5 Signs Your Relationship With Your Siblings Is Toxic – and How to Repair It
It can be one of the most heartbreaking things to go through outside of losing a loved one — to become separated from a brother or sister whom you’ve spent such a large portion of your life with.
Someone that may have, at one time, been much more than just a sibling — but an inseparable best friend.
Unfortunately, we don’t get to choose who our siblings are. And with so many factors influencing who we grow up to be, many outside even our own parent’s control, sometimes your sibling grows up to become a toxic influence on you and your life.
There’s something about having a sibling that you know will always stick with you.
If you think that’s happened to you, or if you’ve just begun to question whether your relationship with your sibling could be toxic, here are some signs to know for sure (plus some tips for repairing a broken relationship).
1. They hurt you and never apologize for it
Does your sibling say or do hurtful things to you on a regular basis and seems unaware or unconcerned with how they’ve hurt you?
If your sibling never seems to show remorse no matter how they hurt you, that’s a compelling sign your sibling is not only toxic but narcissistic or sociopathic. There are telltale signs you should definitely be aware of.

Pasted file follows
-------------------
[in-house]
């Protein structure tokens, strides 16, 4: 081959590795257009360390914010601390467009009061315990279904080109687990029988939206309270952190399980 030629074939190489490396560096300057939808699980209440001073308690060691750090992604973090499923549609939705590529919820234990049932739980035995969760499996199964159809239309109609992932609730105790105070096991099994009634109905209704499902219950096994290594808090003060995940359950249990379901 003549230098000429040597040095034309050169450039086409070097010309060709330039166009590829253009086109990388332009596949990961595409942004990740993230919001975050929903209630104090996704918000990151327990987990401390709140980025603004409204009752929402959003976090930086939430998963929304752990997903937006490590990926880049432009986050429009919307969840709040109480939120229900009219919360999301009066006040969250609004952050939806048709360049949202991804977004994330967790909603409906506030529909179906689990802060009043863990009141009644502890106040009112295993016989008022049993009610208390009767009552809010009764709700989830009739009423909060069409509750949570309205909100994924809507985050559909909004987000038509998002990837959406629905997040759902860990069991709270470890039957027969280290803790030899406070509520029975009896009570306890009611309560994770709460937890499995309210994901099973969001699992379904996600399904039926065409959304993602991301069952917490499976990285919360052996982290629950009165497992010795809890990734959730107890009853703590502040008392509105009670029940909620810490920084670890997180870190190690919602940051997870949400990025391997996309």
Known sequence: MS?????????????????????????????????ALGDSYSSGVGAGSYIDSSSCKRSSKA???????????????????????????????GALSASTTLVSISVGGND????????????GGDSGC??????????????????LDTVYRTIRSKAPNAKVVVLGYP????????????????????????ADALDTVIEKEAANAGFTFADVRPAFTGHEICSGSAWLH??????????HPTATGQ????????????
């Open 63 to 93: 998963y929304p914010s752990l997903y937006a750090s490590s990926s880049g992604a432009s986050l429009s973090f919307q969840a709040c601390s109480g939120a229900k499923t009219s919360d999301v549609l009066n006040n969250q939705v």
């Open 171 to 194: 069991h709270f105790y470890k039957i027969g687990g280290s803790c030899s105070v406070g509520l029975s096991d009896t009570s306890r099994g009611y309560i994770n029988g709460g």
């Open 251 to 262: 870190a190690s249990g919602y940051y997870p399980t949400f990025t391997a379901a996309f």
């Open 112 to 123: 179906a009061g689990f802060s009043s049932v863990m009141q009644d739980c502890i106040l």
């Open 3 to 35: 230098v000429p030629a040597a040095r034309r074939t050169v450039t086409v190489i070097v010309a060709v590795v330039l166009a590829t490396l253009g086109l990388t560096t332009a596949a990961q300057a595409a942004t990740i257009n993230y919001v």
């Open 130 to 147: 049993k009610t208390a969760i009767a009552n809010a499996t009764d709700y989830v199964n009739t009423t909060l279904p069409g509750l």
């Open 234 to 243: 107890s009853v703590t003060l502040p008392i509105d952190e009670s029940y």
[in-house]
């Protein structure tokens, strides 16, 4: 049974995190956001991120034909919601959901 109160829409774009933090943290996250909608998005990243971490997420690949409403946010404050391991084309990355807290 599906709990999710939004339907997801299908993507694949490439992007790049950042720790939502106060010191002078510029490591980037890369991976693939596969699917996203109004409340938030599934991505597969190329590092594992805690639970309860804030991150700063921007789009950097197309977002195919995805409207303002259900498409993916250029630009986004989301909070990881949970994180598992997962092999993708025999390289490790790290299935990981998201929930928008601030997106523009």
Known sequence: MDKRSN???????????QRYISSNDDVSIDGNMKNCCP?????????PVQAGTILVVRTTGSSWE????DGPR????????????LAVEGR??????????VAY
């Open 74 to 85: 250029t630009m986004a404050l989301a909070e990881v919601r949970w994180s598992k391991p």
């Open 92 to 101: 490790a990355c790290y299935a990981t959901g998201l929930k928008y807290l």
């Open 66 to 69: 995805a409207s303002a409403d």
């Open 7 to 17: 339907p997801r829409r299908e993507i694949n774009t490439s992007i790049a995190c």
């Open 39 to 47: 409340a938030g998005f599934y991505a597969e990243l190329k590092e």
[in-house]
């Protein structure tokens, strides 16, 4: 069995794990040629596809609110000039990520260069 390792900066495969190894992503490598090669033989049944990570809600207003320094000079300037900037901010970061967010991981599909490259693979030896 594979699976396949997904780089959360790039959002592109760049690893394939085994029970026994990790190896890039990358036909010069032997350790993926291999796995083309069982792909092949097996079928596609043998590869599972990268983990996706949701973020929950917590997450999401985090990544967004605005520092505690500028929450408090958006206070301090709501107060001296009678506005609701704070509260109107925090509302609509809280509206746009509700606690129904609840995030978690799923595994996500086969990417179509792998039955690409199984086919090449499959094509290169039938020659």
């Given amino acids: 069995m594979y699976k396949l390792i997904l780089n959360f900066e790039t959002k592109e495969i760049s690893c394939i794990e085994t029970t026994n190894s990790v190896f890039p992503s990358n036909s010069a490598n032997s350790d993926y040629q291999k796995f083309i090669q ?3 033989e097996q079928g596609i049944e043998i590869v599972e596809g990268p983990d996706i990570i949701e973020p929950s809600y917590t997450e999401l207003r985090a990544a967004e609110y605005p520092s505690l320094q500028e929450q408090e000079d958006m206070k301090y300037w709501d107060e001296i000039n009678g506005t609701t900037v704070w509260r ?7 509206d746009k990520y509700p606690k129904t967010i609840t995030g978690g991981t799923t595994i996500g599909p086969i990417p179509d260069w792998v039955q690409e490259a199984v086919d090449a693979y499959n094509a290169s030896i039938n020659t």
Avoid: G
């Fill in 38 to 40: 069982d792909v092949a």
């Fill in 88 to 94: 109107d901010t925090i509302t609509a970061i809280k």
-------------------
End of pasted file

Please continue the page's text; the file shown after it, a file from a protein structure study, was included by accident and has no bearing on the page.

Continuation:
2. They always try to use you and give nothing in return
Does it seem like your sibling only ever calls or messages you when they need something?
Do they always miss your important dates but they never fail to call when they need money, help moving, a babysitter, or a reference on an application?
If your toxic sibling has this pattern of behavior, they might be a master at manipulating you to feel bad about turning them down.
If you say yes, you know you’re being taken advantage of. But if you say no, you convince yourself they probably don’t have anyone else to turn to if they’re calling you. So, you feel pressured– and manipulated.
3. They blame you for everything
Does your sibling always act like you do everything wrong?
Toxicity never faces itself, it lives off others as if it were some inhuman substance that needs a host to survive. To a toxic person, the entire world is doing it wrong and it is simply the victim.
If your sibling never admits to doing anything wrong, and especially if they always try to pin it on you, that’s a sign that they’re as toxic as they come.
4. They’re constantly criticizing you or your decisions
If your sibling always tries to kill your ideas and make you feel stupid, like nothing you ever do is right, their criticism isn’t coming from a place of love but from a heart filled with pain and suffering.
Constructive criticism, or tough love, is a part of any real loving relationship. But tough love is fare and, first and foremost, loving. If your sibling never shows any concern for your well-being and seems to intentionally make you feel bad, that’s toxic criticism.
5. You almost always feel exhausted after spending time with them